This activity also made crystal clear the vital need to be aware of the deficiencies in the many browsers on the many platforms of the users who might try to look at my photographs. I have ended up with "browser hacks" in the CSS to cater for the known positioning problems of known browsers. In particular, I have a hack for IE 5, to force it to centre the photographs in spite of its (well known) deficiencies. But have I catered for all browser problems on all platforms? I haven't a clue! The only method suggested to ensure that your pages work on all browsers on all platforms is to test them on all of these.

CSS positioning is so fragile that I can publish simple material, conforming to specifications published many years ago, and not have a clue about what people "out there" can see or not see. It isn't just about whether it has the intended colour. It might not appear at the right place on the page. It might not appear at all!

A 5-box 3-column layout, with banner, leftbar, article, rightbar, and footer

"The 5-box 3-column layout"

I was sceptical about many of the claims made about CSS positioning. But I lacked the knowledge to be sure. So I chose a particular layout, the 5-box 3-column layout, and explored it in depth. Such experimentation is the only way I know of to resolve conflicts.

It is trivial to achieve this layout in a robust and reliable way with a layout table! It is done 100,000 or more times a day, because it is the basic layout of the on-line news services. There are perhaps 10,000 of these. (Google knows of 4,500, but certainly doesn't know them all). Perhaps they each publish 10 articles a day. But, realistically, surely on average they publish vastly more than this? And hardly any of them doesn't use layout tables. There is Wired of course, and c|net, and .... er .... (gosh). Perhaps between 100,000 and 1 million layout table pages are published each day, successfully. That is the true nature of the web. Now, and probably for several years.

There is an industry trying to achieve with CSS positioning what can be achieved trivially with a simple table. I transcribed the main techniques I found into my set of examples, to ensure that I understood their behaviour, and for comparison. They typically need browser hacks to get close to what layout tables can achieve, and they typically don't exceed what layout tables can achieve. They are often worse, especially in the way they "linearise" the content. They tend to require the sidebars to be before the main article.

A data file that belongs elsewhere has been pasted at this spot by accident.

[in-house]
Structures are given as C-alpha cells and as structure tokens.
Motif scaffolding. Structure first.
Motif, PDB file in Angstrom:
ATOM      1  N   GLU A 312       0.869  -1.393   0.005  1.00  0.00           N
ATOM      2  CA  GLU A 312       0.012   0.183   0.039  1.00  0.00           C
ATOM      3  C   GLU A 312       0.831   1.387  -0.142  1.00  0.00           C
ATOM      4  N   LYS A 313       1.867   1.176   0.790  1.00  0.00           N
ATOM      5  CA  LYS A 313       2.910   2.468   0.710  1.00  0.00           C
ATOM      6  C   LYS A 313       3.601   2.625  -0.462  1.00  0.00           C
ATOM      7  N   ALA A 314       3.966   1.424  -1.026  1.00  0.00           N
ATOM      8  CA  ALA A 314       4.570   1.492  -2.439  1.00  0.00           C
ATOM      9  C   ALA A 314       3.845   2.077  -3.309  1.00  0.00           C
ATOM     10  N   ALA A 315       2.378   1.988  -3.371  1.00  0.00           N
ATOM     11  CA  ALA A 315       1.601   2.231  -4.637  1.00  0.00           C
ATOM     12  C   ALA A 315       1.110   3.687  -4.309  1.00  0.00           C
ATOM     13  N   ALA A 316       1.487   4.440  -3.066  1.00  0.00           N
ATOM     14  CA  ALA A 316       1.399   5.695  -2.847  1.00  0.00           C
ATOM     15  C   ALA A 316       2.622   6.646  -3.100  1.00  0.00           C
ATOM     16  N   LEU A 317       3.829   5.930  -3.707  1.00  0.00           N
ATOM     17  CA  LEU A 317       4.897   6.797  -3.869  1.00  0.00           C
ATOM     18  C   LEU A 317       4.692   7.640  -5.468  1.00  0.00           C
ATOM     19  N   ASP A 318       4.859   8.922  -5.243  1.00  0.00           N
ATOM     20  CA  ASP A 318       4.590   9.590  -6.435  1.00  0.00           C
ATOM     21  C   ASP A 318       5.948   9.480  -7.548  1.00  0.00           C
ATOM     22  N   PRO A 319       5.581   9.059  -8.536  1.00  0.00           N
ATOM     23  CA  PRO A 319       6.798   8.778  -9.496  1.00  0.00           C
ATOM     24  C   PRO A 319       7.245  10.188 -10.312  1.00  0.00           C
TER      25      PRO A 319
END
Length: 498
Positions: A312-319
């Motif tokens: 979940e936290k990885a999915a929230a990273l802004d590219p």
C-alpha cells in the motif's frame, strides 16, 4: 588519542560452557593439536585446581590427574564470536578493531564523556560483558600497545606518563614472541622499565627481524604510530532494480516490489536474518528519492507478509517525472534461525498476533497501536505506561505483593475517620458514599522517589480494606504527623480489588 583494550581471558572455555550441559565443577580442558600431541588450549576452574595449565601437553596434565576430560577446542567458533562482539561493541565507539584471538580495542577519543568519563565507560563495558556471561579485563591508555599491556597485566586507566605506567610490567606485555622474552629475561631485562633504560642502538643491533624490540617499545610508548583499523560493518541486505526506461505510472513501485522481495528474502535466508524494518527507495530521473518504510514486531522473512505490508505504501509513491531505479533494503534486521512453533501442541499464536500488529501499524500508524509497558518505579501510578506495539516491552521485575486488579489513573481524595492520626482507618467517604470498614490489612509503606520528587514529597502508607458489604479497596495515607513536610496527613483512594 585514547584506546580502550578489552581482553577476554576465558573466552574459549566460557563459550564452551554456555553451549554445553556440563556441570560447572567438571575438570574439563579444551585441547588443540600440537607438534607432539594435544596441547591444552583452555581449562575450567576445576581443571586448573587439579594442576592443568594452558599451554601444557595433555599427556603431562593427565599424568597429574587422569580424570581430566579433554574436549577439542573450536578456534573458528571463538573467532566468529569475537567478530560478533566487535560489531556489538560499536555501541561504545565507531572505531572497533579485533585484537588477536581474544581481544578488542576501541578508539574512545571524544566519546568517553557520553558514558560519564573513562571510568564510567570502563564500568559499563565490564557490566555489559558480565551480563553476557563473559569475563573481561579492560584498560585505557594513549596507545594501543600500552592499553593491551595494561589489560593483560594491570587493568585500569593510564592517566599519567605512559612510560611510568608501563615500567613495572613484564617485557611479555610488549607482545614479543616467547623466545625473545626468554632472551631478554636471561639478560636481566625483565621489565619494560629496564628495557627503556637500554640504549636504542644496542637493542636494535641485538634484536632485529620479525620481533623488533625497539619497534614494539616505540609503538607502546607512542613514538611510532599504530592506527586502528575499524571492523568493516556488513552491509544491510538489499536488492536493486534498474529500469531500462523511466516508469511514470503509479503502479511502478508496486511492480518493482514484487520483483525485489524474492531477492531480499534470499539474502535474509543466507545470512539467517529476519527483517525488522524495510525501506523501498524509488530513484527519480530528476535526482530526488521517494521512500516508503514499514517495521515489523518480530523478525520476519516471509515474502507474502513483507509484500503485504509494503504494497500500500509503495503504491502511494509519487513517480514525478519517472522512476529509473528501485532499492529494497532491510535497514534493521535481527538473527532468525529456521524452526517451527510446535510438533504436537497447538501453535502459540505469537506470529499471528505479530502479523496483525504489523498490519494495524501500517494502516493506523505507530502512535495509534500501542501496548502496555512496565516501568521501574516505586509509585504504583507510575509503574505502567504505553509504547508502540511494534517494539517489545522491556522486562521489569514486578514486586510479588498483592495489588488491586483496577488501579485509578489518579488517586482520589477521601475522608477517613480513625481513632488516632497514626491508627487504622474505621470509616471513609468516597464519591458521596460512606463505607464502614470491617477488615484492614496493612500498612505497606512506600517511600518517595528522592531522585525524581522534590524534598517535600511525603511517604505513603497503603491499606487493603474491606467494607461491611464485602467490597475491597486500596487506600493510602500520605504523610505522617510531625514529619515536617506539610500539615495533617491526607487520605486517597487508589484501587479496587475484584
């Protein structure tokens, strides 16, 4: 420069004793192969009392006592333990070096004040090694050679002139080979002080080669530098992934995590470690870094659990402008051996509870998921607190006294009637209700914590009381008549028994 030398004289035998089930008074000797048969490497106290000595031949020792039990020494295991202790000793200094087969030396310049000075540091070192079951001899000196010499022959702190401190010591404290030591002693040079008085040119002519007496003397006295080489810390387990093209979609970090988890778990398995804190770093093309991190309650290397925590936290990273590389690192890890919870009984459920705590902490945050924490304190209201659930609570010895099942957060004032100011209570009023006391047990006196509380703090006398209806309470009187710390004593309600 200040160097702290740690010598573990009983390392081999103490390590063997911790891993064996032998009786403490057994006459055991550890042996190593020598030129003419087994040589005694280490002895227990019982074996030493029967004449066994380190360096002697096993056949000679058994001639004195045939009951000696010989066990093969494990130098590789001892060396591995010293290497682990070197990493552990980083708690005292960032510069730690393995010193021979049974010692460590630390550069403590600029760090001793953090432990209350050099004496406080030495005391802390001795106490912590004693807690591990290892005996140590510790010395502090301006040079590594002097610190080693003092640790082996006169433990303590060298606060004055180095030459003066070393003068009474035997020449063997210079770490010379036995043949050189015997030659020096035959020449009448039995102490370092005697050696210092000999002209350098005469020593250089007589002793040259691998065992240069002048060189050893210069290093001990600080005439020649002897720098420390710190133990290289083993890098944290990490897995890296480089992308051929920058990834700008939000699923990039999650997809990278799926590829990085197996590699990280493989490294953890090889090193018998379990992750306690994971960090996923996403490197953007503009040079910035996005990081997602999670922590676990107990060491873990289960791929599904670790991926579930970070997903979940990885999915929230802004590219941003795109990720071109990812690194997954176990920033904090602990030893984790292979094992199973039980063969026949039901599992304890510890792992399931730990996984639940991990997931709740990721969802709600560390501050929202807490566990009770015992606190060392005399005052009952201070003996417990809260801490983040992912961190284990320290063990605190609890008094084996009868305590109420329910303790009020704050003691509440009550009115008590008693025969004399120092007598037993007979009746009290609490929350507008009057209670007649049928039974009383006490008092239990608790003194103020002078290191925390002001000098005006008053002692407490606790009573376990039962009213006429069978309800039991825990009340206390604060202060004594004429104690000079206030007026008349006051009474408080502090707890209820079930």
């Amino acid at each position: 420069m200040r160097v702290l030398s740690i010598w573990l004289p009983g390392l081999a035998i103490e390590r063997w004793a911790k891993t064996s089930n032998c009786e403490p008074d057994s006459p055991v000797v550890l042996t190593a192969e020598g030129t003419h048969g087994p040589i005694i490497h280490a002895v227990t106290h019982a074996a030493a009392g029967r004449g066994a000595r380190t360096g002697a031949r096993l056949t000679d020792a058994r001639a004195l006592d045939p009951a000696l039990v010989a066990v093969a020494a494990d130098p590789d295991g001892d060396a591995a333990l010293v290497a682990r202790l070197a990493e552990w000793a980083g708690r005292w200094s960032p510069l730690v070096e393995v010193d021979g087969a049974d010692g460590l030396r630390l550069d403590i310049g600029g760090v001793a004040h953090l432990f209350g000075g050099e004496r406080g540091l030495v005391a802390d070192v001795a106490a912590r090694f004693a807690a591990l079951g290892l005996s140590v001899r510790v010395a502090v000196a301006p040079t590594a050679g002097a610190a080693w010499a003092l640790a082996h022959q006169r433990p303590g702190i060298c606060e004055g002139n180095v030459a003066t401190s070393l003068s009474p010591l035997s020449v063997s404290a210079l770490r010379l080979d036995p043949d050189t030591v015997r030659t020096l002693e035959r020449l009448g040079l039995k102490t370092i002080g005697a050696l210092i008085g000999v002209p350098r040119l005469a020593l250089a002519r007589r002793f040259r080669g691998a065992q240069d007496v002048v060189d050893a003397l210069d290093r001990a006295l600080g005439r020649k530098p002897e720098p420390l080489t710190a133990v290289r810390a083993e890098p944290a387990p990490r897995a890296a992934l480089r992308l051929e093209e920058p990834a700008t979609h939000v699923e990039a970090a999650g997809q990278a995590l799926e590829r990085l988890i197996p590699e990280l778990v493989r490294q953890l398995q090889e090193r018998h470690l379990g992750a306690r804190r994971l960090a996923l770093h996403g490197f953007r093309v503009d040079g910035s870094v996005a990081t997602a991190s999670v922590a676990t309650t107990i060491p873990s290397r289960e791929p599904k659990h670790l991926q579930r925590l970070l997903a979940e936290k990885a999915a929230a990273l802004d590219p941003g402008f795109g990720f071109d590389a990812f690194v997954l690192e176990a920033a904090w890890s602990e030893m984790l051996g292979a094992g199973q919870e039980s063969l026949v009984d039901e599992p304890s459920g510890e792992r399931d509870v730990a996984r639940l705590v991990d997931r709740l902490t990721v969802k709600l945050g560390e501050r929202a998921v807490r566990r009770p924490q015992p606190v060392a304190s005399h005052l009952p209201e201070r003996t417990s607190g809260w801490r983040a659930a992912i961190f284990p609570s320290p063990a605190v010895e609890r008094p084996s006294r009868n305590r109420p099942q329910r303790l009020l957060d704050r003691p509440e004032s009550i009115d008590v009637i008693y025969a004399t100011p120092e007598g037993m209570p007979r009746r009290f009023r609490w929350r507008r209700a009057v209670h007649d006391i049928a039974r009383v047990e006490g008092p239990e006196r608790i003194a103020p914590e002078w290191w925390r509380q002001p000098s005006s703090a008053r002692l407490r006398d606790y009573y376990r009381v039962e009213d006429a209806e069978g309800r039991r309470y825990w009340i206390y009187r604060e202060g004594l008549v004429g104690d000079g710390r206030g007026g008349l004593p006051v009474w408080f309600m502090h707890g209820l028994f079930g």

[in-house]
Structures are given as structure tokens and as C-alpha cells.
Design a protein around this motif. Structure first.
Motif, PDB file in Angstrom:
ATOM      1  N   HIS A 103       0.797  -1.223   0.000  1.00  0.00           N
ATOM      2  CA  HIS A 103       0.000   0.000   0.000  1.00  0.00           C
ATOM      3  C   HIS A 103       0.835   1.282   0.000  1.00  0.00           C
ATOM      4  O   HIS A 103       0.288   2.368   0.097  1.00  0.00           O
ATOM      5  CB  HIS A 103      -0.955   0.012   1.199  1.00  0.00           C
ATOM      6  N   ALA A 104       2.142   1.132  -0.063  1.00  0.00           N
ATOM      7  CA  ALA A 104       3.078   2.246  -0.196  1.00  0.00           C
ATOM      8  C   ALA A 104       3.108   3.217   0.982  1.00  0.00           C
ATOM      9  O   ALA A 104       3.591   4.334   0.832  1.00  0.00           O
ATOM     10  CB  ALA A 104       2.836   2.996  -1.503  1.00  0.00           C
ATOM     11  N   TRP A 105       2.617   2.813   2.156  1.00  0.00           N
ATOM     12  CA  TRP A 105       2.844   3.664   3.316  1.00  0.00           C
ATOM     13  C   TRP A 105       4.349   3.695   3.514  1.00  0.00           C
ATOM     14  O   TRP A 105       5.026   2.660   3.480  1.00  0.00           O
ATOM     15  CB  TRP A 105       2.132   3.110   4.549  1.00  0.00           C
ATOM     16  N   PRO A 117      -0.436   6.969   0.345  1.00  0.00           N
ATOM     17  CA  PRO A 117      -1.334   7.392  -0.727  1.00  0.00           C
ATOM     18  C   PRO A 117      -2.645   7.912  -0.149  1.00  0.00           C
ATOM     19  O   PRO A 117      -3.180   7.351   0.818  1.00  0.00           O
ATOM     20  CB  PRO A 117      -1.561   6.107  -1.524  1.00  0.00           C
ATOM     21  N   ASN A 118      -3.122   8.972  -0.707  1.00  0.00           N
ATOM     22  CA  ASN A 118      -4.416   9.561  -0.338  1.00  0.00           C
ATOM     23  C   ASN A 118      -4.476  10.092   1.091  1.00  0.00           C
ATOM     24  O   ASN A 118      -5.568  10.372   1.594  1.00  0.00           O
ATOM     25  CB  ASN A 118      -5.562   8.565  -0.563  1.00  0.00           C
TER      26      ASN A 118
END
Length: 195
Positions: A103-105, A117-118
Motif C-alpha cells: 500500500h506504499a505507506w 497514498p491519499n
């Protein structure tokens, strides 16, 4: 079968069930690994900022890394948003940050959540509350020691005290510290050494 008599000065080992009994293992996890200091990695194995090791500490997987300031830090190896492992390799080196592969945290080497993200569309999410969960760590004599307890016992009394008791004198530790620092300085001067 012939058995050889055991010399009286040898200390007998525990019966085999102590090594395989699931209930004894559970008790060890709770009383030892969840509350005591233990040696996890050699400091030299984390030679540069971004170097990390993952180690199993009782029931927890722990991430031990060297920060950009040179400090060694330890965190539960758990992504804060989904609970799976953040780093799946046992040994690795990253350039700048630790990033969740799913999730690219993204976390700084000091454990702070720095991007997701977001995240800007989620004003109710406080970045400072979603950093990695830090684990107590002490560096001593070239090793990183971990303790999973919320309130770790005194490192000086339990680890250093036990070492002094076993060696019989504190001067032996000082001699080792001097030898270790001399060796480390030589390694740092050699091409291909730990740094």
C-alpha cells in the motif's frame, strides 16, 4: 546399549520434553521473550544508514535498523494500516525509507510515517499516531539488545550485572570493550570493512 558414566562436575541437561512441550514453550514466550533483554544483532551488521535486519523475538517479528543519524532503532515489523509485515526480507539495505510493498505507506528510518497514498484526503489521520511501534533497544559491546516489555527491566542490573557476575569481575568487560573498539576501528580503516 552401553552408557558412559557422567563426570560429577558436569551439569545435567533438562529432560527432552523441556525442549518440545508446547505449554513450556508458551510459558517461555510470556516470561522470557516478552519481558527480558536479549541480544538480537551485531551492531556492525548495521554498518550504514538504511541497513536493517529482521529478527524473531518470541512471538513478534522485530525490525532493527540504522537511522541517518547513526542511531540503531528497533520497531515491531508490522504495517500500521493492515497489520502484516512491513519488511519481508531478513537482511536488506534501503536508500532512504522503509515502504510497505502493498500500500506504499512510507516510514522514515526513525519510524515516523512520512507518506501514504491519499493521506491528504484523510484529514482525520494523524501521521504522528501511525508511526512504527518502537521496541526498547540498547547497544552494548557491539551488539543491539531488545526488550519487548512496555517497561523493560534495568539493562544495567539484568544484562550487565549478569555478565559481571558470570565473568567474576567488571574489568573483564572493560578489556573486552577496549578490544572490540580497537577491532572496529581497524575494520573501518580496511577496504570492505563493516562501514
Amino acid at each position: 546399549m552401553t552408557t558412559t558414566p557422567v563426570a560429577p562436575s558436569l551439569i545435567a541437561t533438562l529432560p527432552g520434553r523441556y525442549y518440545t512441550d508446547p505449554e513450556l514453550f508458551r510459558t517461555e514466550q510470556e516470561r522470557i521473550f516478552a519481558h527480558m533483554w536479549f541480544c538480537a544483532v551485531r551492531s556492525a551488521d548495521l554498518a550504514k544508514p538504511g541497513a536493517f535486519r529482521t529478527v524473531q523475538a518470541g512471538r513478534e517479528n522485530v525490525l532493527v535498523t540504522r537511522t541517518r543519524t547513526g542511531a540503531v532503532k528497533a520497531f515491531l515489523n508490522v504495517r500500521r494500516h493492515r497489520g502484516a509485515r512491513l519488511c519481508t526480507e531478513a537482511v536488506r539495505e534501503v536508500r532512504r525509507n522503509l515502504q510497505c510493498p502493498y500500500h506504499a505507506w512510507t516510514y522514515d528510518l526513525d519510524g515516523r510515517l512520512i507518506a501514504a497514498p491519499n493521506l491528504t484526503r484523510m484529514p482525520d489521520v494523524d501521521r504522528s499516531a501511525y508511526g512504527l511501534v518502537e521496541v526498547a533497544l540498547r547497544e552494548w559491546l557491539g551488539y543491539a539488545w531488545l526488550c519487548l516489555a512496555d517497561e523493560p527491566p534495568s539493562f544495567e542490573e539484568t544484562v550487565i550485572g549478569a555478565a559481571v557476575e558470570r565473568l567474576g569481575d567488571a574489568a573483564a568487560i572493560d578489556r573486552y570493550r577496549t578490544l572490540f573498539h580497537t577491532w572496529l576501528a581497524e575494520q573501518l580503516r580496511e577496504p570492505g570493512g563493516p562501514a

What I find significant is that, for too many people, making CSS positioning do nearly what layout tables can do, even at greater development cost, is considered to be an "achievement". It is as though evangelists for CSS positioning are so certain of the inferiority of CSS positioning, compared with layout tables, that they feel it is a victory to have overcome this handicap. If you can do with CSS positioning what you could easily do with a layout table, you are a master, and people will talk about you!

It is sometimes claimed that using CSS positioning enables considerable changes to be made to the whole web site by changing just one CSS file. Often, this is not true. CSS positioning often relies on having the right nesting of elements in the HTML, and having the content in the right order. These are needed, for example, if "float" is used as a layout technique. Sometimes the only significant layout change that can be made with CSS alone is to swap left and right. And my experience is that most layouts don't work well both ways. I believe that is the case for my templates below.

 Users have grown accustomed to looking in certain areas on a screen to find specific items .... Internal web links were expected to be located on the upper left side of the browser window .... External web links were expected to be located on the right side or lower left side of the browser window .... The "back to home" link was expected to be located at the top-left corner and the bottom-center of the browser window .... The internal search engine was expected to be located at the top-center of the screen.